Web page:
Punctuation with Quotation Marks
Use a comma to introduce a quotation after a standard dialogue tag, a brief introductory phrase, or a dependent clause.
For example: He said, "I may forget your name, but I never remember a face."
- Use a colon to introduce a quotation after an independent clause.
For example: D. H. Nachas explains cultural differences in greeting customs: ‘Touching is not a universal sign of greeting. While members of European cultures meet and shake hands as a gesture of greeting, members of Asian cultures bow to indicate respect."
- Put commas and periods within closing quotation marks, except when a parenthetical reference follows the quotation.
For example: History is stained with blood spilled in the name of "civilization."
For example: Mullen, criticizing the apparent inaction, writes, "Donahue's policy was to do nothing" (27).
- Put a dash, question mark, or exclamation point within closing quotation marks when the punctuation applies to the quotation itself and outside when it applies to the whole sentence.
For example: Does Dr. Lim always say to her students, "You must work harder"?
For example: Sharon shouted enthusiastically, "We won! We won!"
- Use a set of quotation marks to enclose direct quotations included in your writing.
For example: Mr. and Mrs. Allen, owners of a 300-acre farm, said, "We refuse to use that pesticide because it might pollute the nearby wells."
- Use a capital letter with the first word of a direct quotation of a whole sentence. Do not use a capital letter with the first word of a direct quotation of part of a sentence.
For example: Mr. and Mrs. Allen stated that they "refuse to use that pesticide" because of possible water pollution.
- If the quotation is interrupted and then continues in your sentence, do not capitalize the second part of the quotation. For example: "He likes to talk about football," she said, "especially when the Super Bowl is coming up."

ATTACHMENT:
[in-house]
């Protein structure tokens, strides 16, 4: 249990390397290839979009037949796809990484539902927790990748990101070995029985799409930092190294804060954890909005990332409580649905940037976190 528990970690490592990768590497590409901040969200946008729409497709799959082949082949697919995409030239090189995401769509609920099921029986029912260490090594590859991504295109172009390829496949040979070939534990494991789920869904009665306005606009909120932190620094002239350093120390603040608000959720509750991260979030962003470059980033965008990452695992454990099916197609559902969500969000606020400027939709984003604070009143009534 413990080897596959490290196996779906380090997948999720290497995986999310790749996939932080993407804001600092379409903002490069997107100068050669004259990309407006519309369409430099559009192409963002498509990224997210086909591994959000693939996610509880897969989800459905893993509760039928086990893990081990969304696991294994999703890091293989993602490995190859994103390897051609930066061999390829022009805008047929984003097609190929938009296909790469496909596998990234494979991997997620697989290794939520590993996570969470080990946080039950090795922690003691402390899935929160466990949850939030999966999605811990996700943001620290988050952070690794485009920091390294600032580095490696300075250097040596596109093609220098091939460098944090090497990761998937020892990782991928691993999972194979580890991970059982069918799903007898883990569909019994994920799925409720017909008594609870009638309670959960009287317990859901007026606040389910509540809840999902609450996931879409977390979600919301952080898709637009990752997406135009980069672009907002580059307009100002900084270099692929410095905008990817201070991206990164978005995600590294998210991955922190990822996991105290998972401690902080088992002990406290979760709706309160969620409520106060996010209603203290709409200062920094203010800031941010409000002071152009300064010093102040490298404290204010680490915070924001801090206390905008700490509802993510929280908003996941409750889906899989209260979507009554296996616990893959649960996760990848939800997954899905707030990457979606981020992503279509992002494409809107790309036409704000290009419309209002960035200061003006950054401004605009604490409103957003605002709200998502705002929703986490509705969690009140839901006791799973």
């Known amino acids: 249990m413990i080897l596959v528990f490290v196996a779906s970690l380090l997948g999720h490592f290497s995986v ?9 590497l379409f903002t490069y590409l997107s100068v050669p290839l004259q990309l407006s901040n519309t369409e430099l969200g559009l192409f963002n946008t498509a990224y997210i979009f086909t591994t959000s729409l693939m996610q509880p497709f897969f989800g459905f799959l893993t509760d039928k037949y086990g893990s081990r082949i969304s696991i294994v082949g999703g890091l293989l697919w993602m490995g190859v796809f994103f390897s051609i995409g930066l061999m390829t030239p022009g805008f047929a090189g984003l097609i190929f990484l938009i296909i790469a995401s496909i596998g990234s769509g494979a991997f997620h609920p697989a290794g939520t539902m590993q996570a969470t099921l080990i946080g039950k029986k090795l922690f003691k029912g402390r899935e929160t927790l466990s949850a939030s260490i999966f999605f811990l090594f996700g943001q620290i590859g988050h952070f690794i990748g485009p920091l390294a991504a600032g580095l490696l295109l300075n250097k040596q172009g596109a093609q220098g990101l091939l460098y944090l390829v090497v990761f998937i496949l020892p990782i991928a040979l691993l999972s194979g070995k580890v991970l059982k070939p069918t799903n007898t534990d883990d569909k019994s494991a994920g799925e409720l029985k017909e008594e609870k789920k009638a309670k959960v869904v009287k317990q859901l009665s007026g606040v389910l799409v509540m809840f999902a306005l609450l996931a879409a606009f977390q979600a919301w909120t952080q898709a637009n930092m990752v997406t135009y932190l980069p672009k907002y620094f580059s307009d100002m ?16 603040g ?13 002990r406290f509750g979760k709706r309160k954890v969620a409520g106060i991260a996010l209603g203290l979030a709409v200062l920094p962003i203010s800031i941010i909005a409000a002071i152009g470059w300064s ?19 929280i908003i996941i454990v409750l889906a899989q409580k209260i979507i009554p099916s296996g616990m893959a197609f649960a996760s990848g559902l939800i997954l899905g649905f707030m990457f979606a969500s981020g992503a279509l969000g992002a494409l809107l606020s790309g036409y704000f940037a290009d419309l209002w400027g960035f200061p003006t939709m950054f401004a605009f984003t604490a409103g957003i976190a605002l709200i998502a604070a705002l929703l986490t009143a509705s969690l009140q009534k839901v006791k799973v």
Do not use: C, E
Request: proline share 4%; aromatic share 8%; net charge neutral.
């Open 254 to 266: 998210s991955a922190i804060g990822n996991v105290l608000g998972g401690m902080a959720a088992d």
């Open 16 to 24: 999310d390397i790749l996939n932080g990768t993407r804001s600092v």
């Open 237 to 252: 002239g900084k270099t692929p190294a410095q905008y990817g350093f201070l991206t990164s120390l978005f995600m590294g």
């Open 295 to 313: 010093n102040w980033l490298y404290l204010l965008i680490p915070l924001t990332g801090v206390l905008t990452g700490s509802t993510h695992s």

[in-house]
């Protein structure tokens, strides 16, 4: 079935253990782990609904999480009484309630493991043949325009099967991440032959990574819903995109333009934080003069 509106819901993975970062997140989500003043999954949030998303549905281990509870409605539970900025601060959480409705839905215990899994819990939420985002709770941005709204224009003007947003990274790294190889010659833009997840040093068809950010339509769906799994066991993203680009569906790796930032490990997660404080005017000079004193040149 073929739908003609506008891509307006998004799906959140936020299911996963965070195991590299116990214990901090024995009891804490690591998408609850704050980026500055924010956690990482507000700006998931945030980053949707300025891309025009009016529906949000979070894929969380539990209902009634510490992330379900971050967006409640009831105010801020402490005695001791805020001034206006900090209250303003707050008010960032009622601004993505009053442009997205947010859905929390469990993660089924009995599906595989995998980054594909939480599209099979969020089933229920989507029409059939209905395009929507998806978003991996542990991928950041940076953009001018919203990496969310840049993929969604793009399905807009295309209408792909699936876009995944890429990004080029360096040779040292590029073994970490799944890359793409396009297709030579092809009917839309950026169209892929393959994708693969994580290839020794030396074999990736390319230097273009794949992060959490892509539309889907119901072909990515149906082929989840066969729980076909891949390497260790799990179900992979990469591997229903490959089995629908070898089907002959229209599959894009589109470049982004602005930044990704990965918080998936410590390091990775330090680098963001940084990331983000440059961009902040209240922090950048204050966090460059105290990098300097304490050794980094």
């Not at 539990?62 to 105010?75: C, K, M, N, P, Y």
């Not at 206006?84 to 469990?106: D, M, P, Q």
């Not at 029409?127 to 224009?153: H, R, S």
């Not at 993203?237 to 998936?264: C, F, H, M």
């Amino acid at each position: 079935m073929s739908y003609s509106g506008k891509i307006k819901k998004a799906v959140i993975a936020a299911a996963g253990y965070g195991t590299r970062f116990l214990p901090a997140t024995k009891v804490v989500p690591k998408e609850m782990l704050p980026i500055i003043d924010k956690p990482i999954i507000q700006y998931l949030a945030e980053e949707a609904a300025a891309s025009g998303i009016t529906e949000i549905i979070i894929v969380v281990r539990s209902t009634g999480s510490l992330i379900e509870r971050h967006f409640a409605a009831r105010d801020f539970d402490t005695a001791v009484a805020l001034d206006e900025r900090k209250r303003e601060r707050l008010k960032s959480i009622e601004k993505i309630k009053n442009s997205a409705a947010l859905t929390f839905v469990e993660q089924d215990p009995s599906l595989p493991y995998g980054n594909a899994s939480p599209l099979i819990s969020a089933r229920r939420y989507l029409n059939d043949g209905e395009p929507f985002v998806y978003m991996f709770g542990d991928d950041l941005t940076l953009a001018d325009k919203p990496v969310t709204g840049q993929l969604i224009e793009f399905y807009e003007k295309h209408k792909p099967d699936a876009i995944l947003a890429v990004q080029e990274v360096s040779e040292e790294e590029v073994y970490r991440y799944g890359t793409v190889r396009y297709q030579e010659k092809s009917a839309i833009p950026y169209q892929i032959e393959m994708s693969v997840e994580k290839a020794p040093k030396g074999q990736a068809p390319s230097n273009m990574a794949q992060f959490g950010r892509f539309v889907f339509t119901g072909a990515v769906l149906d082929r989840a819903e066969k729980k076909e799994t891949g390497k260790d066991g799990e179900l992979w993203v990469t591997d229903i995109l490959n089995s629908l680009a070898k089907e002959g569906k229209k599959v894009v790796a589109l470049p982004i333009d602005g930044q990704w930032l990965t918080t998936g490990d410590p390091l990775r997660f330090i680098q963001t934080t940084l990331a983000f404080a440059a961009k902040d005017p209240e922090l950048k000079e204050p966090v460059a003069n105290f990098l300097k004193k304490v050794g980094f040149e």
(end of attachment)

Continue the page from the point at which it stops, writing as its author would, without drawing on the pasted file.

Quotation within a quotation
- Use single quotation marks for a quotation enclosed inside another quotation.
For example: The agricultural reporter for the newspaper explained, "When I talked to the Allens last week, they said, ‘We refuse to use that pesticide.' "
Omitted and inserted words in a quotation
- If you leave words out of a quotation, use ellipsis marks to indicate the omission.
For example: The welfare agency representative said, "We are unable to help every family . . . because we don't have the funds to do so."
- If you need to insert something within a quotation, use a pair of brackets.
For example: The welfare agency representative explained that they are "unable to help every family that [they would] like to help."
- In some styles, quotations that extend more than four typed lines on a page should be indented and punctuated differently. Punctuation and documentation for these "block quotes" varies according to the style you're writing in, so consult a style guide or handbook for details.
- When you quote two or more lines of poetry, use slash marks within your quotation marks to indicate the end of each line.
For example: "Something there is that doesn't love a wall, / That sends the frozen-ground-swell under it."
Write each person's spoken words, however brief, as a separate paragraph.
Use commas to set off dialogue tags such as "she said" or "he explained."
If one person's speech goes on for more than one paragraph, use quotation marks to open the speech and at the beginning--but not the end--of each new paragraph in the speech. Use quotation marks at the end of the final paragraph.
- Use quotation marks around titles of short or minor works, such as songs, short stories, essays, short poems, and one-act plays.
- Use quotation marks around titles of parts of larger works, such as chapters in books; articles in newspapers, magazines, journals, or other periodical publications; and episodes of television and radio series.
- Use underlining or italics for titles of major works or works that contain smaller segments such as books; plays of three or more acts; newspapers, magazines, journals, or other periodical publications; films; and television and radio series.
For example: I read "Ways of the West," an article in the Sept. 2 issue of Time.
Unnecessary Quotation Marks
- Do not put quotation marks around the titles of your essays.
- Do not use quotation marks for common nicknames, bits of humor, technical terms that readers are likely to know, and trite or well-known expressions.
Indirect quotations are not exact words, but rather paraphrases or summaries of another person's words. Do not use quotation marks for indirect quotations.
Compiled and edited from Purdue Online Writing Lab (OWL), http://owl.english.purdue.edu